Astute readers of this site might recognize that I have already written some words about Kardashev and their monumental EP The Baring of Shadows. When I think about the releases that I missed in 2020, The Baring of Shadows was one that made me feel like I needed to actually write something about it, simply because of how hard I was kicking myself for foregoing the chance to talk about music that touched me so deeply. Naturally, then, when the EP got a major label reissue, I knew I couldn’t let this chance slip through my fingers a second time.
Tempe, AZ’s Kardashev have a long history prior to now, but it is certainly with the initial release of The Baring of Shadows that they have skyrocketed, pun intended, from their humble beginnings. The band’s music is self-described as “deathgaze,” incorporating post-metal and post-rock, death metal, deathcore, and on this release, jazz and ambient elements into one cohesive mass that is quite difficult to nail down with any other descriptor and one that is wholly unique amongst their peers. Even their lyrical content, touching on themes of love, altruism and loss through the lens of space, science and the human condition, is far and away unlike anything else that even remotely comes close to their competition. Their music has steadily been evolving, especially since 2018’s The Almanac, but on The Baring of Shadows, they have truly stumbled upon something unparalleled. Immediately noticeable are the gorgeous, haunting vocals of Mark Garrett, whose presence on this album makes me question everything I ever said about not liking clean vocals in death metal. The man is inhuman with his ability to seamlessly go from guttural growls to soaring melodies in an instant, carrying the brunt of the emotional weight of the album. The core duo of the band is rounded out by guitarist Nico Mirrola, who also recorded and edited the music, and whose crushing riffs and airy post-rock lines help take the music to a whole other level. On this release, the band is joined by bassist Alexander Adin Rieth and drummer Sean Lang, who round out the recording and hopefully future live lineup.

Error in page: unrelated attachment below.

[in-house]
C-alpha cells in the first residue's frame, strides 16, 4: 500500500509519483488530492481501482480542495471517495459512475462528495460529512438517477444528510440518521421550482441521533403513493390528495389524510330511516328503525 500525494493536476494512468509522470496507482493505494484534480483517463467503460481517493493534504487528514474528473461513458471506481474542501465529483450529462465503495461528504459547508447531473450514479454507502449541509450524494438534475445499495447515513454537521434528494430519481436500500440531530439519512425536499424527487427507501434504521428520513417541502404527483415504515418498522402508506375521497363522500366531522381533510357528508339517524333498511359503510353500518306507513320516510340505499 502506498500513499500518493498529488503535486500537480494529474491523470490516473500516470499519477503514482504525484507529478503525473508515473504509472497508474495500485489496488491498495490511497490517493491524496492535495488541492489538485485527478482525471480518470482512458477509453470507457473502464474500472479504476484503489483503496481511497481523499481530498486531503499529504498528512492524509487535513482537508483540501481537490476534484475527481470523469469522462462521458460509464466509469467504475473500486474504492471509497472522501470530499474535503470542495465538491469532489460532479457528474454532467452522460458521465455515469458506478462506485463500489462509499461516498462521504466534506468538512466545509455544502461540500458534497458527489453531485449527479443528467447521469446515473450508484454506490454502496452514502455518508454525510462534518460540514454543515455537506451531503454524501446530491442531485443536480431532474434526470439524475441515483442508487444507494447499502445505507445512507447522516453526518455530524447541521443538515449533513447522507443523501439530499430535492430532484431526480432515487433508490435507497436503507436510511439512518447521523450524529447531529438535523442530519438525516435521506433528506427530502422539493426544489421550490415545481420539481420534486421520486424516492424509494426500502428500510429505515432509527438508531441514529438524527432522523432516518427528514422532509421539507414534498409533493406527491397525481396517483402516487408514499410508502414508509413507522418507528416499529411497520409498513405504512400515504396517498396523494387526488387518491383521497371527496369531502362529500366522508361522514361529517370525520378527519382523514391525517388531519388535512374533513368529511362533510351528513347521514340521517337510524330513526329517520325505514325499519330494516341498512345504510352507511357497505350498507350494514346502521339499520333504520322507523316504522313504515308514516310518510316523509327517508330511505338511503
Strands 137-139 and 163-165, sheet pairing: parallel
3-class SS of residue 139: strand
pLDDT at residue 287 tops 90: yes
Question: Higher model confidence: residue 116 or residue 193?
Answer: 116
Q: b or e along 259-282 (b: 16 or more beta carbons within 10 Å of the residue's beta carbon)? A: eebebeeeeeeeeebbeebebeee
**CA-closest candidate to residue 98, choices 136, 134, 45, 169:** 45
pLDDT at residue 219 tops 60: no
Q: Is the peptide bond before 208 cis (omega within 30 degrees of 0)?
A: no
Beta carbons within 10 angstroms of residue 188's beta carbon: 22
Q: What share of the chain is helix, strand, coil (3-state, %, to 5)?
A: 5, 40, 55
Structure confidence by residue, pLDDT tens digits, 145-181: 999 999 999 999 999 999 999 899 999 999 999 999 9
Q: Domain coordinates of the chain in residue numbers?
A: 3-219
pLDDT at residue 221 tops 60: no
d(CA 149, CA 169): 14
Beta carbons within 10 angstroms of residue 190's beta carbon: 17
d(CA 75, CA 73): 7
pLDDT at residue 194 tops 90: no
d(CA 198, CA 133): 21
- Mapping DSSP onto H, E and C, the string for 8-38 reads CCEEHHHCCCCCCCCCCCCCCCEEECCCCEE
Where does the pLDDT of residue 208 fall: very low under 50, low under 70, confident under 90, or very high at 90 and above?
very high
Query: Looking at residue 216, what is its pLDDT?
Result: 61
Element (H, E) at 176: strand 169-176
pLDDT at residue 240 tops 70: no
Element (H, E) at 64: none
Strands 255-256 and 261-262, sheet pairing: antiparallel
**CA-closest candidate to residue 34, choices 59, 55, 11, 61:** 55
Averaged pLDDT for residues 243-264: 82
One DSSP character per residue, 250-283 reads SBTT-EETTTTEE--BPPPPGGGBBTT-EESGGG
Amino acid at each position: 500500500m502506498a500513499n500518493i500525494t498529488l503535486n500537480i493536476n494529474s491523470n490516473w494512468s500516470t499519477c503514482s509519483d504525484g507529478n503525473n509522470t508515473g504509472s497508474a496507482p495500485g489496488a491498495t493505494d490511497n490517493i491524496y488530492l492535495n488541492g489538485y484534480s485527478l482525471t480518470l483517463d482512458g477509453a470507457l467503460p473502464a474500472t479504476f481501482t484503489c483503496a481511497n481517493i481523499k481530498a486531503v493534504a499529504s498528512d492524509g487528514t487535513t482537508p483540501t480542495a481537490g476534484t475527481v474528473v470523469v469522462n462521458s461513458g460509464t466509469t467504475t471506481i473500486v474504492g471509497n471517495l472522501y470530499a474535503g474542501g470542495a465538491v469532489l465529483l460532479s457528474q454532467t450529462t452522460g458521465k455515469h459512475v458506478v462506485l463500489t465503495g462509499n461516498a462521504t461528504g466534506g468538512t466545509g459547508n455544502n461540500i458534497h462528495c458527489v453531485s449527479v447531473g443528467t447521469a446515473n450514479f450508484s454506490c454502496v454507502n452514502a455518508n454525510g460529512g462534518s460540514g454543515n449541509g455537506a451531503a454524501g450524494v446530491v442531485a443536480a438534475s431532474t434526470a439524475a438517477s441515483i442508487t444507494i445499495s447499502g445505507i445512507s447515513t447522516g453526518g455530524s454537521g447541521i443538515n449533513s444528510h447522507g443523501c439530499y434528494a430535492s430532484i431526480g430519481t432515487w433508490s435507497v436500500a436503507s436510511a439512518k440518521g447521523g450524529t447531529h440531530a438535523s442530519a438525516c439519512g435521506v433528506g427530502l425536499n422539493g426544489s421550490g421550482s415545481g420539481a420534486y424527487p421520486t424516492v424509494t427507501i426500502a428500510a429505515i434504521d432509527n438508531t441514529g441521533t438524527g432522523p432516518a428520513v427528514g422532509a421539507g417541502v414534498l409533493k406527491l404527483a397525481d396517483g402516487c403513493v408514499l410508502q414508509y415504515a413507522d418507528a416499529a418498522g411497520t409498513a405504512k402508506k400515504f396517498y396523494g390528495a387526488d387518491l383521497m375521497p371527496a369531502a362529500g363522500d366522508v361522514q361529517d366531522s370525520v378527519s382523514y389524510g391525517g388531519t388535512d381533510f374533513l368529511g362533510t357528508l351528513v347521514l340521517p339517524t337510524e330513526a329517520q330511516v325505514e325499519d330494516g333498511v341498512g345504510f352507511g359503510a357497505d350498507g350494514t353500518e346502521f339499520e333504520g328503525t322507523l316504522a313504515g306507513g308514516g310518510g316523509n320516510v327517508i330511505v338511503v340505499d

The Baring of Shadows hooked me from the first minute I took a chance on it. “A Frame. A Light.” opens the album with gorgeous melodies, airy, hypnotic arpeggios and a subtle rhythm section that builds into huge walls of sound that crush and reverberate, all while layers and layers of cleans and growls from Garrett loop and intertwine. The song also features a lot of the relatively new jazzier influences that the band has taken on. The quieter passages really do wonders to open up what has the potential to be very sonically and emotionally dense songs, but the band have never been sharper and more appropriate with their use of textures. The four tracks flow in movements instead of being cranked up to eleven the whole time, and the use of clean guitars and clean vocals intermingled helps break the songs up into pieces that are easily digestible, and more importantly, incredibly memorable. The myriad of melodic ideas that serves as the intro and main theme to “Snow-Sleep” are constantly in my head, and even when the band brings out some of their deathcore influences, there is always a touch or twist on it that Mirrola’s guitars bring that make the songs something greater than the sum of their influences. The songs are truly hypnotic, and the EP is short enough that I have often found myself listening to it two or three times in a loop, because I truly don’t want it to end.
If you’re a fan of Kardashev, or if you’re thinking of becoming one based on this review, you should know that there’s almost no band out there who is working harder at getting their name out there. As such, there are a ton of ways you can support the band. They have a YouTube channel that has become much more active recently, a Twitch channel, and a Patreon in addition to the other usual outlets. Times are still tough for musicians, and while The Baring of Shadows seems almost guaranteed to make Kardashev household names, it’s important to keep supporting the bands we love so they can keep making music that has the potential to change the world.